, a sequence like this occurs at the beginning of the book, when Brown's girlfriend, Sook-Yin, tells him she's interested in pursuing another sexual partner. The panels turn black as the two discuss it. This is so private that Brown, who (apparently) discloses the length and appearance of his penis in this book, and draws almost every panel of himself and his sexual encounters in areoles, as if in a spotlight, can only tell, not show. Brown budgets carefully — his money, his time and his orgasms. As this sequence suggests, he's absolutely miserly with depicting emotion. As Crumb points out in his introduction, Brown's — and essentially everyone else's in the book, especially the prostitutes, whose faces are obscured by their hair — have little to no facial expression. Paying For It
can be reread as only a study in slight changes or variations in expression, such as the awkward grin of Sook-Yin's new lover as he meets Brown, or her slight frown as she asks Brown not to bring prostitutes into her house. If, as Seth tells him over and over in the book, Brown is repressed, it may explain the emotionally voyeuristic relationship he and Sook-Yin seem to settle into (that's the only way I can think of to describe it). Although he occasionally shows the "Brown" character as irritated or petty, emotionally speaking, he's largely a cocktease.
What really seems to make both Habibi
and Paying For It
"Dick Lit," though, is that in these works, both Brown and Thompson organize their (and their characters') identity around love and sex. Both present themselves as sensitive males; Brown, in particular, tells himself "he shouldn't care what other people think," but he does; he wants the prostitutes to think of him as friendly and benevolent (he makes mention of nice clean towels he has to offer them); he wants others to see him as cool-headed and reasonable. (I first approached Paying For It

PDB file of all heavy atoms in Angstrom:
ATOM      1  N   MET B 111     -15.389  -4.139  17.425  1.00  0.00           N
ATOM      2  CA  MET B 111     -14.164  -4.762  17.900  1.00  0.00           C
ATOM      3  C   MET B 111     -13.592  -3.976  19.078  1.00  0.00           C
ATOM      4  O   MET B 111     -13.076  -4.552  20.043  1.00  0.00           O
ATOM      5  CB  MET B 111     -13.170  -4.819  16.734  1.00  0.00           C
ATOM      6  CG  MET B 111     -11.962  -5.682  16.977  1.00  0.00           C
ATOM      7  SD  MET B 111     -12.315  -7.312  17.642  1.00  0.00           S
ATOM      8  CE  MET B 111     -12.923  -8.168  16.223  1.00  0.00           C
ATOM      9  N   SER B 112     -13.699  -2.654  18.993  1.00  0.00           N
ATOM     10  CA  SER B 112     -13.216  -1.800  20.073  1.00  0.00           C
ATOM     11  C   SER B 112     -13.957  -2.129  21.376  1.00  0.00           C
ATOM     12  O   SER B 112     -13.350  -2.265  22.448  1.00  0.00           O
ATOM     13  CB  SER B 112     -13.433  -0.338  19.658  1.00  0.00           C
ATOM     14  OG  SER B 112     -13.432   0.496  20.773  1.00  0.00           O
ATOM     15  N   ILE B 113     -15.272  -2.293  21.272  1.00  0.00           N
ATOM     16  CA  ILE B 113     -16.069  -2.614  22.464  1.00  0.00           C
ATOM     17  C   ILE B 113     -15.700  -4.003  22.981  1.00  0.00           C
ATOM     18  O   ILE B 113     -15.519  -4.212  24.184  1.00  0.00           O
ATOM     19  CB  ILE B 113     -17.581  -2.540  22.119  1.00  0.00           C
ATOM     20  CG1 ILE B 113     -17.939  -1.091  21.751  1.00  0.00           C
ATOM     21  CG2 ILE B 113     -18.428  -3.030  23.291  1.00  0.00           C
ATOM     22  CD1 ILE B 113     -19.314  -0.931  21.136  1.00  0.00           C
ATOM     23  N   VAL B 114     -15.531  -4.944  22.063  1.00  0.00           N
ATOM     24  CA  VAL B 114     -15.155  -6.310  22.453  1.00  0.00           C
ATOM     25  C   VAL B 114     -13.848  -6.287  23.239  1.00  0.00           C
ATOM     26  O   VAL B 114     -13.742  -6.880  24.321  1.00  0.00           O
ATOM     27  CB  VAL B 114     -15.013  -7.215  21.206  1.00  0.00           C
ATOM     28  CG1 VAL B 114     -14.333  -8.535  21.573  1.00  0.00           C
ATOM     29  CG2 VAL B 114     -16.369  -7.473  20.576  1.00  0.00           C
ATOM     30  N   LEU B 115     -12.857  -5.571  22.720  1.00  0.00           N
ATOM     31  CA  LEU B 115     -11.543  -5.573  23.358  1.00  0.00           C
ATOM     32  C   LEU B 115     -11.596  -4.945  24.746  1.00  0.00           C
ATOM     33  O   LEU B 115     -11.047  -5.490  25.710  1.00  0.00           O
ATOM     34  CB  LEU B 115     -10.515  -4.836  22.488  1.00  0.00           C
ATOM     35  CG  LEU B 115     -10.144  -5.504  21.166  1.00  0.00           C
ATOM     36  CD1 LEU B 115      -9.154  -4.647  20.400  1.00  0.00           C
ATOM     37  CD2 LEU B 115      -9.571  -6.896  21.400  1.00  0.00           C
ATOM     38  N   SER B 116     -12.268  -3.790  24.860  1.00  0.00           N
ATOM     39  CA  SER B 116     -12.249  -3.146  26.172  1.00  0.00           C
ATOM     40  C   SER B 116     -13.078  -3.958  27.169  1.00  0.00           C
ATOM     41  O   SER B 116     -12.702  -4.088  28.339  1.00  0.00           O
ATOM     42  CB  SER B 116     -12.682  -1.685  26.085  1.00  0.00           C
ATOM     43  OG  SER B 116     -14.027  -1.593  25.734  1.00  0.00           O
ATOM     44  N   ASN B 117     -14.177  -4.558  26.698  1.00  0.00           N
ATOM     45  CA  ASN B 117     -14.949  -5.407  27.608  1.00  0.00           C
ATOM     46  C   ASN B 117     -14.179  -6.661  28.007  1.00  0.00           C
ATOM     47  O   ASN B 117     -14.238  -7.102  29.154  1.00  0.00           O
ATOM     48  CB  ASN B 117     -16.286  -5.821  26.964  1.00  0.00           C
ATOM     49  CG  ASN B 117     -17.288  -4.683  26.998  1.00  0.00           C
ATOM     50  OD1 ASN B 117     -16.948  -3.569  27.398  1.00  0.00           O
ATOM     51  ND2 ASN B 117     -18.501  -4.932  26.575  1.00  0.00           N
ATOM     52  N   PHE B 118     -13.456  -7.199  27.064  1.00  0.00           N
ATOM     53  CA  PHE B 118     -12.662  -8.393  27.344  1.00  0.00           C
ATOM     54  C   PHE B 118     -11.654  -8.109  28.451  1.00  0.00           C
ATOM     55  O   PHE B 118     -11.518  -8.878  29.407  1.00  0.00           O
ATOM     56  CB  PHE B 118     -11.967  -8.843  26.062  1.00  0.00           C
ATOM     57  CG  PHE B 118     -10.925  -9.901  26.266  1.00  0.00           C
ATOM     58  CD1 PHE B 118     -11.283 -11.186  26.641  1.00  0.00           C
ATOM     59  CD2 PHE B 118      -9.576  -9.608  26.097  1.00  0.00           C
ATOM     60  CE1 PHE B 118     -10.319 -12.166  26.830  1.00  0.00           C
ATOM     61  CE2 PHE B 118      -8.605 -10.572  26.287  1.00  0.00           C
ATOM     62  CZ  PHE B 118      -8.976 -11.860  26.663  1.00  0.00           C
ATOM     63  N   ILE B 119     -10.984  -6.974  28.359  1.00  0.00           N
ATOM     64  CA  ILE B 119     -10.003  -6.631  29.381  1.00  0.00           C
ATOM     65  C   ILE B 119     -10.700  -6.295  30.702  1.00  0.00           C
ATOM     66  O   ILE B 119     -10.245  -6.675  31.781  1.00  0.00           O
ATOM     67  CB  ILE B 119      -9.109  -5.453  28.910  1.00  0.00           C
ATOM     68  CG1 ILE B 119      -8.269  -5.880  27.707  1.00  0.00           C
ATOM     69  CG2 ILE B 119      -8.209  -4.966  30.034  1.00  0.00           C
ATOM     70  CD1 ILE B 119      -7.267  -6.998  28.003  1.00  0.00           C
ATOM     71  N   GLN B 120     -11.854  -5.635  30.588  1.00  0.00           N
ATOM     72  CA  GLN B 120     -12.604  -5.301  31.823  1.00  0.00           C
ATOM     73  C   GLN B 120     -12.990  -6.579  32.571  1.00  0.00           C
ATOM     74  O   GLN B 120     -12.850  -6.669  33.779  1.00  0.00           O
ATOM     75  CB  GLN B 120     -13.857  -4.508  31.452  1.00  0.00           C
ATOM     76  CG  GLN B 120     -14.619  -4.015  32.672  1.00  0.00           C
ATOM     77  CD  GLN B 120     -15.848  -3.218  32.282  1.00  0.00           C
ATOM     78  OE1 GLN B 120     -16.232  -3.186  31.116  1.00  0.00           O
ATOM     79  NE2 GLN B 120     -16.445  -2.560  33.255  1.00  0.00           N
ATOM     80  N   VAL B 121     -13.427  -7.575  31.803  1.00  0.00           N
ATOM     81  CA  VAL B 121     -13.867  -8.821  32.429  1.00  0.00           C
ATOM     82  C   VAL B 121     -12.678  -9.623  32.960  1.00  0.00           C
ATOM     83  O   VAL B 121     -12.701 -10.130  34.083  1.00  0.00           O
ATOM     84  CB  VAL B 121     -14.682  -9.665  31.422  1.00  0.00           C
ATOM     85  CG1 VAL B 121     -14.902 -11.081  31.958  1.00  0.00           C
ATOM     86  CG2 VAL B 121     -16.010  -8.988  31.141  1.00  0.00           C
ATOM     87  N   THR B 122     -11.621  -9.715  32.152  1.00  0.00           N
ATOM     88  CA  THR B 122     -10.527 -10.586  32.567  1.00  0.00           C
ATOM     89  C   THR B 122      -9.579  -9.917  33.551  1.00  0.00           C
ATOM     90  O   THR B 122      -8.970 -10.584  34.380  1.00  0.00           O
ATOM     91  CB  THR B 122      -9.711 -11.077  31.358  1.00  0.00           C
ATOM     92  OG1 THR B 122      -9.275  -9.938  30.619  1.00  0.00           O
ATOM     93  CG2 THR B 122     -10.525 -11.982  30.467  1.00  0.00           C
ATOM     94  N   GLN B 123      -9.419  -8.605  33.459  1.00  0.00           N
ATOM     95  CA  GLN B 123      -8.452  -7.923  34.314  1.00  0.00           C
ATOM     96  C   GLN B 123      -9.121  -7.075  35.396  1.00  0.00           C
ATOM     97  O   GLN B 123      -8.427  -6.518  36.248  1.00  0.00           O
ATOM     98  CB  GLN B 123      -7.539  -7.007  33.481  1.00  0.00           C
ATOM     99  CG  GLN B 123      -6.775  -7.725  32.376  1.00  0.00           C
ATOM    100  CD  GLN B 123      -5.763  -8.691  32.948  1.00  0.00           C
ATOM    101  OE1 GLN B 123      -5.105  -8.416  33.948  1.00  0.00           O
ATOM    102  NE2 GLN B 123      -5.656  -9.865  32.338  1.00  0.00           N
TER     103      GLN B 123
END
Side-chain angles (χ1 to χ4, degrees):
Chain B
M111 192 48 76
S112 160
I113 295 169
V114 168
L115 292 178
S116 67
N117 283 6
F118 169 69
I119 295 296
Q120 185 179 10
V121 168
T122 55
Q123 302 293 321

in the context of comics like Michelle Tea and Lauren McCubbin's Rent Girl
, and books like Shawna Kenney's I Was a Teenage Dominatrix
and Diablo Cody's Candy Girl
; all explored the feminist writers' firsthand experience with sex work. As such, Chester Browns' Paying For It
does, in fact, shed a little light on the experience of one "john"; but, like Crumb's intro, often seems to hinge on the anecdotal.)
Whether Brown or Thompson succeed in these works in their aim to separate love and sex, sex and the spiritual, is up for debate. In Thompson's case, this is most definitely informed and intertwined with his religious upbringing (explored at length in Blankets
); it's trained him to separate love and sex. Both Brown and Thompson, as autobio cartoonists, are driven by the need to confess, if nothing else, to alleviate guilt. (Some of Thompson's guilt appears to be of what is termed the "white liberal" variety, as he projects himself as an Arabic woman, a black man, toys with gender roles, and worries about the environment). But what is clear is that neither want to separate sex and cartooning, at least for the moment. In another humorous sequence (for a Ditko-style polemic, Paying For It
manages to be a lot funnier than Habibi
's humor is largely … ineffective), Brown, although initially trying to maintain anonymity with similarly pseudonymous women, can't resist giving one prostitute a copy of one of his graphic novels. Brown is capable of changing his sexual identity to the point where he can tell the world he sleeps with prostitutes; what he can't do, and what Thompson can't do, is think of himself as anything other than a cartoonist.
 If this is not enough, there are blurbs by Alan Moore and Neil Gaiman on the back cover. Gaiman reinforces the book's importance; Moore insists the book requires rereading. Given much of what Moore said about his own Lost Girls, I can see him responding very well to the non-erotic ritual in the book.
 It's bad to buy into stereotypes, but as depicted here, Canadians do seem really polite.
Habibi images ©2011 Craig Thompson
Paying For It ©2011 Chester Brown
Blankets ©2003 Craig Thompson
Kristy Valenti currently works for The Comics Journal and Fantagraphics Books, Inc.
Uncharted Territory is © Kristy Valenti, 2010